Friday, July 20, 2012

Yarrow 

(ACHILLEA MILLEFOLIUM)

Yarrow, a natural ally.
Two separate incidents in the past week prompted me to get out the yarrow.  My five year old received a small cut on the bottom of her foot while on holidays.  The cut appeared to be healing when, ten days later, it flared up into a staph infection and began travelling across the top of her foot and starting up the leg.


Intravenous antibiotics were required to get the infection under control.  As the antibiotics were doing their work, I headed into the herb closet and pulled out some yarrow for a foot soak, to relieve the swelling, cleanse the affected area and provide support while her body got back on track. 


Two days later, my husband returned home from work, having swerved to miss a dog and owner on the bike path, he'd laid down his bike and sustained a rather nasty case of road rash on his elbow and forearm.  As I was preparing another yarrow foot soak for the five year old, I simply added a poultice for him, applying it to his arm until the poultice felt warm.  


To me, it's a two-way street; the herbs impart their healing qualities to the wound and also draw out any toxins, heat, inflammation or infection.  


My daughter's foot then received a little calendula-infused bees' balm, a favourite of mine for the children, to encourage healing of the skin and my husband's arm later received an application of aloe vera gel with lavender and ravintsara, to further cool, soothe and protect the skin.


Yarrow is quite common, growing in meadows, along roadsides, in the mountains and pastures.  The plant flowers between June and September.


Also referred to as bloodwort or staunchweed, that is precisely for what this plant is known best; staunching bleeding.  According to Gerard, this is the same plant Achilles used to staunch the wounds of soldiers.  Hence the name Achillea.


I have heard of cases of campers sustaining serious injuries in the woods and packing the injury with yarrow to stop bleeding until medical attention could be received.


Some have used the tender spring leaves of yarrow in salads or soup seasonings, predominantly in the 17th century.  My favourite tradition with yarrow is, when on holidays at the top of the mountain, I pick one small bunch on my first hike, soak it overnight then drink the next morning.  It's my welcome-to-the-mountain tonic.  For me it removes any residue of a busy life, mind and body, connects me to my surroundings and restores balance naturally.


I typically add essential oil of yarrow to preparations for clients who are dealing with issues stemming from environmental toxins.  Sore hands or joints from working or living on land that has been polluted or contaminated.  To the oil or balm blend I simply add the yarrow essential oil.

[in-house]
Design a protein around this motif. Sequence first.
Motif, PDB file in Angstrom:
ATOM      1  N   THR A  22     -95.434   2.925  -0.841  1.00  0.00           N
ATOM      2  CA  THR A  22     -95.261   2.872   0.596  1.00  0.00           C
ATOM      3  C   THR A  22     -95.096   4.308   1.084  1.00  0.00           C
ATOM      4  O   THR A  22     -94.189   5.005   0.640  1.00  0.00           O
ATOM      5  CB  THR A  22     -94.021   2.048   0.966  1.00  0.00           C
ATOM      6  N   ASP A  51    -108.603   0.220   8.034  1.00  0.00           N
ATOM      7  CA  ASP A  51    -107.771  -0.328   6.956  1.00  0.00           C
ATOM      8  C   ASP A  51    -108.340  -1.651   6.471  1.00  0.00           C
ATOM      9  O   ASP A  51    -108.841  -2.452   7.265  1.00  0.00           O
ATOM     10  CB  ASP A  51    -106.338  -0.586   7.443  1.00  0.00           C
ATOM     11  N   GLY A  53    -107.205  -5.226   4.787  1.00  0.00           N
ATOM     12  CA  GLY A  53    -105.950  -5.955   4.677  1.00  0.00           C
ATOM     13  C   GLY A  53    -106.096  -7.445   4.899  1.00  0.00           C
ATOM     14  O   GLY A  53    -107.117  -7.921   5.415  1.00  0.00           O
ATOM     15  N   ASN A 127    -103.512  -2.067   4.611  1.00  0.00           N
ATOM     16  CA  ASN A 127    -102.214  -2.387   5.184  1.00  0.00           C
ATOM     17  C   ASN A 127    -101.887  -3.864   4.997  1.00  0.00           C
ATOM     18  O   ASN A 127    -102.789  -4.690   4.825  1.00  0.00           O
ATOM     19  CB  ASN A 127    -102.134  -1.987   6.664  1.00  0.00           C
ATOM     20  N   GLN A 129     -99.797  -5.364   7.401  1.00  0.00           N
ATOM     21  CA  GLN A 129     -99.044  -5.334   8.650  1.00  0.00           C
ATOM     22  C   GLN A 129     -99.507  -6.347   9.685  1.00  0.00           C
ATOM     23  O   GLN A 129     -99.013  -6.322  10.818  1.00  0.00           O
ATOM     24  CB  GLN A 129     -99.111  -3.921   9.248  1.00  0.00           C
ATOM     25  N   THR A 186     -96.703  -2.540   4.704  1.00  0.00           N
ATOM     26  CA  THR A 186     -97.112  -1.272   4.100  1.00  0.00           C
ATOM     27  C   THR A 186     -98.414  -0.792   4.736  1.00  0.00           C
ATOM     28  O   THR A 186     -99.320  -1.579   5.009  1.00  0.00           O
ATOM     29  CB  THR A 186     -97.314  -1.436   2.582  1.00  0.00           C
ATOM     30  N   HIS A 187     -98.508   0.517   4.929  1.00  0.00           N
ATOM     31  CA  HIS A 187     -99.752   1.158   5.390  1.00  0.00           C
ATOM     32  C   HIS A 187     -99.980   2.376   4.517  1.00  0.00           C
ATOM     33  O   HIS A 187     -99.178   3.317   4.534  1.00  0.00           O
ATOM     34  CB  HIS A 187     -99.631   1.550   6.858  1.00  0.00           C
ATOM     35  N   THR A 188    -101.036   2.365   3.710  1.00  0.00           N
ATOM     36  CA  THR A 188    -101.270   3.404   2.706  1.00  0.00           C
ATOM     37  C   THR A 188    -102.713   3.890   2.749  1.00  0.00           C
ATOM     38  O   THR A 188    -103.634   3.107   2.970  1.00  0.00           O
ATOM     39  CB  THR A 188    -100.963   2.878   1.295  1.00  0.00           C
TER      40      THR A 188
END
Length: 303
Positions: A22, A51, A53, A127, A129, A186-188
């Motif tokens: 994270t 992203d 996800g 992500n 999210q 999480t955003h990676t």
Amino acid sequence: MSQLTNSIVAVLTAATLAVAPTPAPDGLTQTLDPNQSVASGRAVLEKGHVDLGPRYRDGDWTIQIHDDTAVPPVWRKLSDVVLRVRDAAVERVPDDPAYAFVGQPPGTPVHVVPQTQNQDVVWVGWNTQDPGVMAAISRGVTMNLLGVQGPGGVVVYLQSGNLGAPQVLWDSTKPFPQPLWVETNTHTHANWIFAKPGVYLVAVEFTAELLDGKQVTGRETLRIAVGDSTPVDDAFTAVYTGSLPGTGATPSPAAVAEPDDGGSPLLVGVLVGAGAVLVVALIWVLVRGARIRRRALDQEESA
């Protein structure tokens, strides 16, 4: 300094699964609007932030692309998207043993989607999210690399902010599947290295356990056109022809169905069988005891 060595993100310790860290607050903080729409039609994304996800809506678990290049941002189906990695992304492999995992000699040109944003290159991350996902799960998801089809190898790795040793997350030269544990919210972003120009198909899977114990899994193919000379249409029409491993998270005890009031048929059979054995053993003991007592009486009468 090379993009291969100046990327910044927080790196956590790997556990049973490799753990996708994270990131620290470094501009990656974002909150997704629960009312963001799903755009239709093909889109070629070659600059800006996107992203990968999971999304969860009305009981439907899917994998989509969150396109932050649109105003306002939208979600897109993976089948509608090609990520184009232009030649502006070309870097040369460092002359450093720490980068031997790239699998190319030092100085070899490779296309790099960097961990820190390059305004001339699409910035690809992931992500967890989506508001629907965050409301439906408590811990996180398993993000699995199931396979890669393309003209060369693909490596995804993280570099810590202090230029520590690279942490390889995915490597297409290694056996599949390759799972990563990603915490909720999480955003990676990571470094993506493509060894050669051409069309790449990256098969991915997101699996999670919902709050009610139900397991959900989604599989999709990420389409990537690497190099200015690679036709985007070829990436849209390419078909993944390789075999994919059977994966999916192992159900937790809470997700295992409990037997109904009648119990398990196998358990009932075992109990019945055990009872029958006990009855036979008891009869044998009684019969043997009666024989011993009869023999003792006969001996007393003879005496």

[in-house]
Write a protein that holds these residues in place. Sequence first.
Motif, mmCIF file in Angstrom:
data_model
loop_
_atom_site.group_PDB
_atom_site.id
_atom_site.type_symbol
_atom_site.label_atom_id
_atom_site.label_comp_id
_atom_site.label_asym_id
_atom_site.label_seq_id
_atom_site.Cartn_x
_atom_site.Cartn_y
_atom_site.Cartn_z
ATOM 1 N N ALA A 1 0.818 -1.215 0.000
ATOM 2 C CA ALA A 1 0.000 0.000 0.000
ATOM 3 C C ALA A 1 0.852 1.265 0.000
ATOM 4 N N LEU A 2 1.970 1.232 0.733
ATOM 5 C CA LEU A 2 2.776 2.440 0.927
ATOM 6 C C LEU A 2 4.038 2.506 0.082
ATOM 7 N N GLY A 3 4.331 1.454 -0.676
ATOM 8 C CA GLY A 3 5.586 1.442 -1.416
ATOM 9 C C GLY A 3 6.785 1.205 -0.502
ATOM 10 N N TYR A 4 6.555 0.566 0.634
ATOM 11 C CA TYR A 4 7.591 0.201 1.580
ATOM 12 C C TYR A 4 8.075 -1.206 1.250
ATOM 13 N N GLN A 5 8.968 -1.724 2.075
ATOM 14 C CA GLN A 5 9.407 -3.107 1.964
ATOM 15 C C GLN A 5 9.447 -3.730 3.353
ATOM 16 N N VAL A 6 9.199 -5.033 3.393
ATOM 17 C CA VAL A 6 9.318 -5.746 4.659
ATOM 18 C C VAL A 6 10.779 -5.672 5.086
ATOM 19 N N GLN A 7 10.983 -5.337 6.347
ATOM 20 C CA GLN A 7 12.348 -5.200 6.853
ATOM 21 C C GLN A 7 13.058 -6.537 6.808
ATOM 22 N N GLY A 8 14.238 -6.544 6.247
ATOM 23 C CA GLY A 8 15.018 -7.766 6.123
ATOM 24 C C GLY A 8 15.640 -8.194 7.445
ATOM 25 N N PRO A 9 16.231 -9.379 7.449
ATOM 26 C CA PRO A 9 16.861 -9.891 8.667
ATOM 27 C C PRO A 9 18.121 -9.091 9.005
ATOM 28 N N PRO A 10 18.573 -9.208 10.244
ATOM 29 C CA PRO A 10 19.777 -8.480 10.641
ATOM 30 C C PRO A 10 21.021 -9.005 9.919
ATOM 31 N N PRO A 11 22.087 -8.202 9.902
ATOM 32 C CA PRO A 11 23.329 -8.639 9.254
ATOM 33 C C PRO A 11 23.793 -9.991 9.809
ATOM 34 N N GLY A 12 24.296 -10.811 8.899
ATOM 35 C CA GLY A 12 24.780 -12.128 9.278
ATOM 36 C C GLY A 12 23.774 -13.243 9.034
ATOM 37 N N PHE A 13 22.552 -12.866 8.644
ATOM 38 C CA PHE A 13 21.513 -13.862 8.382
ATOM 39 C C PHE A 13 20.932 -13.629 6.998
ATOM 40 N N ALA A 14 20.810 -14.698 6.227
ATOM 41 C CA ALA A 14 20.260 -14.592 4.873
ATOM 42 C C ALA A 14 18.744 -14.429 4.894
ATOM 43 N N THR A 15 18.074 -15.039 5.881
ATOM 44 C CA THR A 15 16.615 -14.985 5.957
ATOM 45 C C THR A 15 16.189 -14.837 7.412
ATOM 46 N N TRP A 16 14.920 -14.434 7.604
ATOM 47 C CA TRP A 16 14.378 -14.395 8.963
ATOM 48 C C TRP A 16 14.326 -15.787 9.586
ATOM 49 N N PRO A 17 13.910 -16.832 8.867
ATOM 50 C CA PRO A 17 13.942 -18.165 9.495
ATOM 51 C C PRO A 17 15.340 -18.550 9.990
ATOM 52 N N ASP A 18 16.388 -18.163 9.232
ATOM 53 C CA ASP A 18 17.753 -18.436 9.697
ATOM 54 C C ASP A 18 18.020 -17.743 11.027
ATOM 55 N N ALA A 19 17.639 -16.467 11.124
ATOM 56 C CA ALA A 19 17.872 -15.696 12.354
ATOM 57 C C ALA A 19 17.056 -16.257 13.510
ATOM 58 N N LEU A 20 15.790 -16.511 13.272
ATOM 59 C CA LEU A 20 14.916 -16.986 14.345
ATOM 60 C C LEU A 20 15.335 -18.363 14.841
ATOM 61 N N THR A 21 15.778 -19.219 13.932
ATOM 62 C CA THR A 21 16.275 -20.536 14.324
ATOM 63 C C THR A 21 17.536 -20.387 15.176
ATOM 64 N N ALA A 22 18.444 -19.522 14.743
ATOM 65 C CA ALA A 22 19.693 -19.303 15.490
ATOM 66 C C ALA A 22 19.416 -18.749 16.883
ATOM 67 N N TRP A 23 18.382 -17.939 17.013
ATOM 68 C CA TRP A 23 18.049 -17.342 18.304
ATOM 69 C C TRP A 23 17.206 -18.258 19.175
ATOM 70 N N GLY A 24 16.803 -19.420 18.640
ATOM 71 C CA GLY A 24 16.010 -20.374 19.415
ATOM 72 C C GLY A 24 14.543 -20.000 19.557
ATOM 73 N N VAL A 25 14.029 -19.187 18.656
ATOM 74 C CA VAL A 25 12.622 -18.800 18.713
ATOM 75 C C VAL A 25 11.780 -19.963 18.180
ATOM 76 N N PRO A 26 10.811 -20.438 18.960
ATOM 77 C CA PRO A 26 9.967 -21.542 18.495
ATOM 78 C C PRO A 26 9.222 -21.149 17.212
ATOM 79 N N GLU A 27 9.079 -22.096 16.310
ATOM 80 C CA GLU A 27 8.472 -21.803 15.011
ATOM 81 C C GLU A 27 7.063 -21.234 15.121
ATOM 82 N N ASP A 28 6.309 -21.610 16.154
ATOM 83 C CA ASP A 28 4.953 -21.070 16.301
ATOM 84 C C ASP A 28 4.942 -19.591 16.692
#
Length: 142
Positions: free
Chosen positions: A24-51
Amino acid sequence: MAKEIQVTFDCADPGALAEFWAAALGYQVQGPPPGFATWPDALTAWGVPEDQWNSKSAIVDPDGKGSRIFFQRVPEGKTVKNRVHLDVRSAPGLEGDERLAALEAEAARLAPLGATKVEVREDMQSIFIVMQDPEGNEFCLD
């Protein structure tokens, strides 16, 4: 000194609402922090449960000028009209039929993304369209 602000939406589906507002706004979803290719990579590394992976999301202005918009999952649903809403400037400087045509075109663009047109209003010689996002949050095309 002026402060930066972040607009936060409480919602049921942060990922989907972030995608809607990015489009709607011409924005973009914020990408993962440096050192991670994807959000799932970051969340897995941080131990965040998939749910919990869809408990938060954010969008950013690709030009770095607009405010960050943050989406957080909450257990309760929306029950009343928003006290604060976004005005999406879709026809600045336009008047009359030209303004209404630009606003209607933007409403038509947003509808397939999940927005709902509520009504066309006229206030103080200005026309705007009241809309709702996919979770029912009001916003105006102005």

I have infused it in a carrier oil, however, I prefer to make it up fresh and specific to the need, working either with the dried material as a wash or a poultice, or the fresh plant for similar uses.


Tincture or tea of yarrow has been taken by women experiencing extreme menstrual cramping and excess bleeding.


The leaves have been used in nose bleeds, both stopping them as well as using them to relieve headache.  
Yarrow stalks have been used with the I Ching and there is a great history of yarrow use in divination and healing ceremonies over the centuries.  Thought to bring courage and protection as well as release evil spirits or negative energy from the body, yarrow is considered a great ally in war; personal, physical, mental or spiritual.


Yarrow is used in seventh chakra work, cleansing the aura and offering protection from external or internal negative influences.


Yarrow is said to be cooling, therefore it lowers excess pitta yet can aggravate vata if too much is used.


As always with plants, make sure you can identify the plant correctly before use.  Many plants look similar but have very different properties.


Obviously caution must be used in people with blood-clotting issues as well as those who are pregnant or breastfeeding.  It is always best to work with herbs under the guidance of a professional.


Read up on yarrow.  Chances are this powerful and lovely little healer grows right under your nose.




The information in this blog is provided simply for information purposes and is not intended to treat or diagnose any conditions.

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